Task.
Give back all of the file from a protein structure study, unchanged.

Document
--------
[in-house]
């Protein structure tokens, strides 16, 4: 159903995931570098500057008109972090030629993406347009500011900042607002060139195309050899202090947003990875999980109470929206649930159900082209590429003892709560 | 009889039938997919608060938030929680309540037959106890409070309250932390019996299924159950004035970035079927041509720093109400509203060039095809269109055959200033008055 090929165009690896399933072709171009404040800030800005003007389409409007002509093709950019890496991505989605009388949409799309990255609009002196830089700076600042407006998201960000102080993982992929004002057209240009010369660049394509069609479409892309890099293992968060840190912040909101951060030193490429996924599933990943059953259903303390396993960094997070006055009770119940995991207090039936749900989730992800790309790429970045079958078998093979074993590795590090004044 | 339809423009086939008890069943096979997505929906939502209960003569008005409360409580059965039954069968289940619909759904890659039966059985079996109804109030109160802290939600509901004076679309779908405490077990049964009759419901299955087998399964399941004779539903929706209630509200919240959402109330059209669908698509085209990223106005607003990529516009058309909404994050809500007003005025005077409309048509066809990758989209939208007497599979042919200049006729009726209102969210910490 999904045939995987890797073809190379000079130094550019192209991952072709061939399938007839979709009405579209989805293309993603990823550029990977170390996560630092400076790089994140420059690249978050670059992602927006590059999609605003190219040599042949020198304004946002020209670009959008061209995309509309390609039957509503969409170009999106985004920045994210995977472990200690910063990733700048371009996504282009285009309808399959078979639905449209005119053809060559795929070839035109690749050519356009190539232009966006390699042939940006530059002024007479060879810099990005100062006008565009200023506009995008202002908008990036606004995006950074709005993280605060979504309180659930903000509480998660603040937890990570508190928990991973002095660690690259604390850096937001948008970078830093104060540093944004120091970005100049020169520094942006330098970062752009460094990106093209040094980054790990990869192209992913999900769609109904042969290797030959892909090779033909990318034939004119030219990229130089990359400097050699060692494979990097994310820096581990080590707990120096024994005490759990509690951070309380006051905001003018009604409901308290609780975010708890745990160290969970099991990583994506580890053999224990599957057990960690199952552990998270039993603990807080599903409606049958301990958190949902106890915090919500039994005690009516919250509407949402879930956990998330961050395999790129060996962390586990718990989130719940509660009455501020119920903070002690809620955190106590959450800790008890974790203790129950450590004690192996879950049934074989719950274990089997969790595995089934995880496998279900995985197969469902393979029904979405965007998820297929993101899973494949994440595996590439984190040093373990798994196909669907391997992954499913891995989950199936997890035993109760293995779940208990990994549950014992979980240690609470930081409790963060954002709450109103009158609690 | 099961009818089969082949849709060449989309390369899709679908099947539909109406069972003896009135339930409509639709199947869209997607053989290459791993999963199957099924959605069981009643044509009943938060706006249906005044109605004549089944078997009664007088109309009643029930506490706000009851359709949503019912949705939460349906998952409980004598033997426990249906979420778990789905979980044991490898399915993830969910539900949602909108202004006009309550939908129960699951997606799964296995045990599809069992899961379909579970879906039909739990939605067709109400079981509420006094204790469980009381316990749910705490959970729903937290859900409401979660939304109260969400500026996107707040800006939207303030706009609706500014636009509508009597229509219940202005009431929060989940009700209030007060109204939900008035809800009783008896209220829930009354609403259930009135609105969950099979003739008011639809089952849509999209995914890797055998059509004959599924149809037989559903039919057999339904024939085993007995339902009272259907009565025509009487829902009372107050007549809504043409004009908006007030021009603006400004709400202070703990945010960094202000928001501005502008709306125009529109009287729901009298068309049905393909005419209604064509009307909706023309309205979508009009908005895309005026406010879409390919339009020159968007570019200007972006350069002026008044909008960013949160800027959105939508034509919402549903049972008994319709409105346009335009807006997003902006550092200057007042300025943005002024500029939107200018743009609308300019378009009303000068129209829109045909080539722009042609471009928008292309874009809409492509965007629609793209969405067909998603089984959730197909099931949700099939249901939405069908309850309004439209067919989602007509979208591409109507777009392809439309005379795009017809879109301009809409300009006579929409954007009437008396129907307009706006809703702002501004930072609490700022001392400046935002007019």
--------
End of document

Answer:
[in-house]
């Protein structure tokens, strides 16, 4: 159903995931570098500057008109972090030629993406347009500011900042607002060139195309050899202090947003990875999980109470929206649930159900082209590429003892709560 | 009889039938997919608060938030929680309540037959106890409070309250932390019996299924159950004035970035079927041509720093109400509203060039095809269109055959200033008055 090929165009690896399933072709171009404040800030800005003007389409409007002509093709950019890496991505989605009388949409799309990255609009002196830089700076600042407006998201960000102080993982992929004002057209240009010369660049394509069609479409892309890099293992968060840190912040909101951060030193490429996924599933990943059953259903303390396993960094997070006055009770119940995991207090039936749900989730992800790309790429970045079958078998093979074993590795590090004044 | 339809423009086939008890069943096979997505929906939502209960003569008005409360409580059965039954069968289940619909759904890659039966059985079996109804109030109160802290939600509901004076679309779908405490077990049964009759419901299955087998399964399941004779539903929706209630509200919240959402109330059209669908698509085209990223106005607003990529516009058309909404994050809500007003005025005077409309048509066809990758989209939208007497599979042919200049006729009726209102969210910490 999904045939995987890797073809190379000079130094550019192209991952072709061939399938007839979709009405579209989805293309993603990823550029990977170390996560630092400076790089994140420059690249978050670059992602927006590059999609605003190219040599042949020198304004946002020209670009959008061209995309509309390609039957509503969409170009999106985004920045994210995977472990200690910063990733700048371009996504282009285009309808399959078979639905449209005119053809060559795929070839035109690749050519356009190539232009966006390699042939940006530059002024007479060879810099990005100062006008565009200023506009995008202002908008990036606004995006950074709005993280605060979504309180659930903000509480998660603040937890990570508190928990991973002095660690690259604390850096937001948008970078830093104060540093944004120091970005100049020169520094942006330098970062752009460094990106093209040094980054790990990869192209992913999900769609109904042969290797030959892909090779033909990318034939004119030219990229130089990359400097050699060692494979990097994310820096581990080590707990120096024994005490759990509690951070309380006051905001003018009604409901308290609780975010708890745990160290969970099991990583994506580890053999224990599957057990960690199952552990998270039993603990807080599903409606049958301990958190949902106890915090919500039994005690009516919250509407949402879930956990998330961050395999790129060996962390586990718990989130719940509660009455501020119920903070002690809620955190106590959450800790008890974790203790129950450590004690192996879950049934074989719950274990089997969790595995089934995880496998279900995985197969469902393979029904979405965007998820297929993101899973494949994440595996590439984190040093373990798994196909669907391997992954499913891995989950199936997890035993109760293995779940208990990994549950014992979980240690609470930081409790963060954002709450109103009158609690 | 099961009818089969082949849709060449989309390369899709679908099947539909109406069972003896009135339930409509639709199947869209997607053989290459791993999963199957099924959605069981009643044509009943938060706006249906005044109605004549089944078997009664007088109309009643029930506490706000009851359709949503019912949705939460349906998952409980004598033997426990249906979420778990789905979980044991490898399915993830969910539900949602909108202004006009309550939908129960699951997606799964296995045990599809069992899961379909579970879906039909739990939605067709109400079981509420006094204790469980009381316990749910705490959970729903937290859900409401979660939304109260969400500026996107707040800006939207303030706009609706500014636009509508009597229509219940202005009431929060989940009700209030007060109204939900008035809800009783008896209220829930009354609403259930009135609105969950099979003739008011639809089952849509999209995914890797055998059509004959599924149809037989559903039919057999339904024939085993007995339902009272259907009565025509009487829902009372107050007549809504043409004009908006007030021009603006400004709400202070703990945010960094202000928001501005502008709306125009529109009287729901009298068309049905393909005419209604064509009307909706023309309205979508009009908005895309005026406010879409390919339009020159968007570019200007972006350069002026008044909008960013949160800027959105939508034509919402549903049972008994319709409105346009335009807006997003902006550092200057007042300025943005002024500029939107200018743009609308300019378009009303000068129209829109045909080539722009042609471009928008292309874009809409492509965007629609793209969405067909998603089984959730197909099931949700099939249901939405069908309850309004439209067919989602007509979208591409109507777009392809439309005379795009017809879109301009809409300009006579929409954007009437008396129907307009706006809703702002501004930072609490700022001392400046935002007019």